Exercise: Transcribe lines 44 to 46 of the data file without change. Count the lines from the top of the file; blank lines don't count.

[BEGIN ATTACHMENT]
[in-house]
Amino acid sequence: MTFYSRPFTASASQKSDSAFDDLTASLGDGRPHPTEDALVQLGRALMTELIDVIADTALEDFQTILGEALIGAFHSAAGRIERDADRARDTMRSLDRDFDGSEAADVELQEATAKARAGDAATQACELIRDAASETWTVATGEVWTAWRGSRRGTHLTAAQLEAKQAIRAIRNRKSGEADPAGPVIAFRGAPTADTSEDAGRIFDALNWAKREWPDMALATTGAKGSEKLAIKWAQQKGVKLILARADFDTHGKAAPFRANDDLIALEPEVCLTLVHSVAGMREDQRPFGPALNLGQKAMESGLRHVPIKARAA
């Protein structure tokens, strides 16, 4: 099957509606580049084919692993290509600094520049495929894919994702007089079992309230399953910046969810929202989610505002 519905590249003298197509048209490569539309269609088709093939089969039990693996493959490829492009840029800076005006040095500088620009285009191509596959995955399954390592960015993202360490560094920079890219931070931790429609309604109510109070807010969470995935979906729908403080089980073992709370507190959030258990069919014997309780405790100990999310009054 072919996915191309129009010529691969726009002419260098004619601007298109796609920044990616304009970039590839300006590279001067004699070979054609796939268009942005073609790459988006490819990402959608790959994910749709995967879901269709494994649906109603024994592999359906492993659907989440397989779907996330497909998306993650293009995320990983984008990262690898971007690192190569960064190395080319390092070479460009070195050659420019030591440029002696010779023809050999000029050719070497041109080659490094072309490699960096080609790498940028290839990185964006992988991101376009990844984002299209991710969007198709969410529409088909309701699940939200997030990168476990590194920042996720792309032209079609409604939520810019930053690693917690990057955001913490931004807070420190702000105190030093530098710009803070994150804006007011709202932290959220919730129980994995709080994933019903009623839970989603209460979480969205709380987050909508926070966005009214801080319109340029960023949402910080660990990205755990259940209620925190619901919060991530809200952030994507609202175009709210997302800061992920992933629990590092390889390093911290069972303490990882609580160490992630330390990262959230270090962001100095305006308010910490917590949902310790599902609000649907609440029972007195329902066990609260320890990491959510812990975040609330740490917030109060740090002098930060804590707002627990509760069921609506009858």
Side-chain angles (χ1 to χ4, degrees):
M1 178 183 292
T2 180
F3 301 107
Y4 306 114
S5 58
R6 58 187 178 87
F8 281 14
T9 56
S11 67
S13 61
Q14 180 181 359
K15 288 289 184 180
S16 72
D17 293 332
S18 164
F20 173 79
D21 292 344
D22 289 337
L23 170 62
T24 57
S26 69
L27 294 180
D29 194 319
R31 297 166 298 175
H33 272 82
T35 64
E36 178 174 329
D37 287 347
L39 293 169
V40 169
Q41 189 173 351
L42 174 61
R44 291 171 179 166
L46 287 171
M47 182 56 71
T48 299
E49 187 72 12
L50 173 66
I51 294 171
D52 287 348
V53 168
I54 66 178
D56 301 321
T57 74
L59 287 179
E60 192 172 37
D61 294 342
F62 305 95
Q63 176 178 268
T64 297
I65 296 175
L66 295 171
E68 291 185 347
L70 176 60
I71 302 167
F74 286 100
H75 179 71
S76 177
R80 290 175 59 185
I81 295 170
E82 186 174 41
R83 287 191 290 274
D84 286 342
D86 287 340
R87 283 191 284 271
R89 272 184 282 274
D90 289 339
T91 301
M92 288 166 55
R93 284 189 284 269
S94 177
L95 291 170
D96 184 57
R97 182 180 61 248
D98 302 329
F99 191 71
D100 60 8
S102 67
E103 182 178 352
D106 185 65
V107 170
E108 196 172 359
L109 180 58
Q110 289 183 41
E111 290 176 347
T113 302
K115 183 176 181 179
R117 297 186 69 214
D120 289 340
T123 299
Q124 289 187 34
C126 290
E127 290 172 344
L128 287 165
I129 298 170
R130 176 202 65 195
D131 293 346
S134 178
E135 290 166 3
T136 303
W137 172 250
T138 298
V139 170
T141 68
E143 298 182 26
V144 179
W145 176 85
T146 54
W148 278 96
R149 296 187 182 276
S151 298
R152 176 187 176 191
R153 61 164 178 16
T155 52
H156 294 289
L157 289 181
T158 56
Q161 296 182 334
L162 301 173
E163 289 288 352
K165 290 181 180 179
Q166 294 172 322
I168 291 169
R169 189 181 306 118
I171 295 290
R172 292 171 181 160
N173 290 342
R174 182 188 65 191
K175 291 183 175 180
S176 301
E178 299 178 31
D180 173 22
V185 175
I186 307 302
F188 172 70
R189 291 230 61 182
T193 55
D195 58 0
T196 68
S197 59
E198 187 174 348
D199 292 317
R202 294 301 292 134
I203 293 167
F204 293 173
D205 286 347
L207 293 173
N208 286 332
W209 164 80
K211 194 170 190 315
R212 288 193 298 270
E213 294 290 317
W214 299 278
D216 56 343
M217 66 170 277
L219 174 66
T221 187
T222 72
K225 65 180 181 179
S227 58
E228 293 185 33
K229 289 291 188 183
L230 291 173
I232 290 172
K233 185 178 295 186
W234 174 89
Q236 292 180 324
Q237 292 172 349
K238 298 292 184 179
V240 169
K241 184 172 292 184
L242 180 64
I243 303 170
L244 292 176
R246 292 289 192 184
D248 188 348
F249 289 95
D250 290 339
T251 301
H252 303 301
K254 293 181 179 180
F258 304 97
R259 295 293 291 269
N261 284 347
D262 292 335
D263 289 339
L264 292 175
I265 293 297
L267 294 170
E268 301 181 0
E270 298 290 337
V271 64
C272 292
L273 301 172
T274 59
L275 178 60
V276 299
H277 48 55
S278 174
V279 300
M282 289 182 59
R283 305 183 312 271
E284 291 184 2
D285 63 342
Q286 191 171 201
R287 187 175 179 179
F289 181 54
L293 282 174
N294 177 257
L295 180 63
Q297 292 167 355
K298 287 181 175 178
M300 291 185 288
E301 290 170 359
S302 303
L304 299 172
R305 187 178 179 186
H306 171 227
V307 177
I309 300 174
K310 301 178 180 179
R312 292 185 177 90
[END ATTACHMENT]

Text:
D52 287 348
V53 168
I54 66 178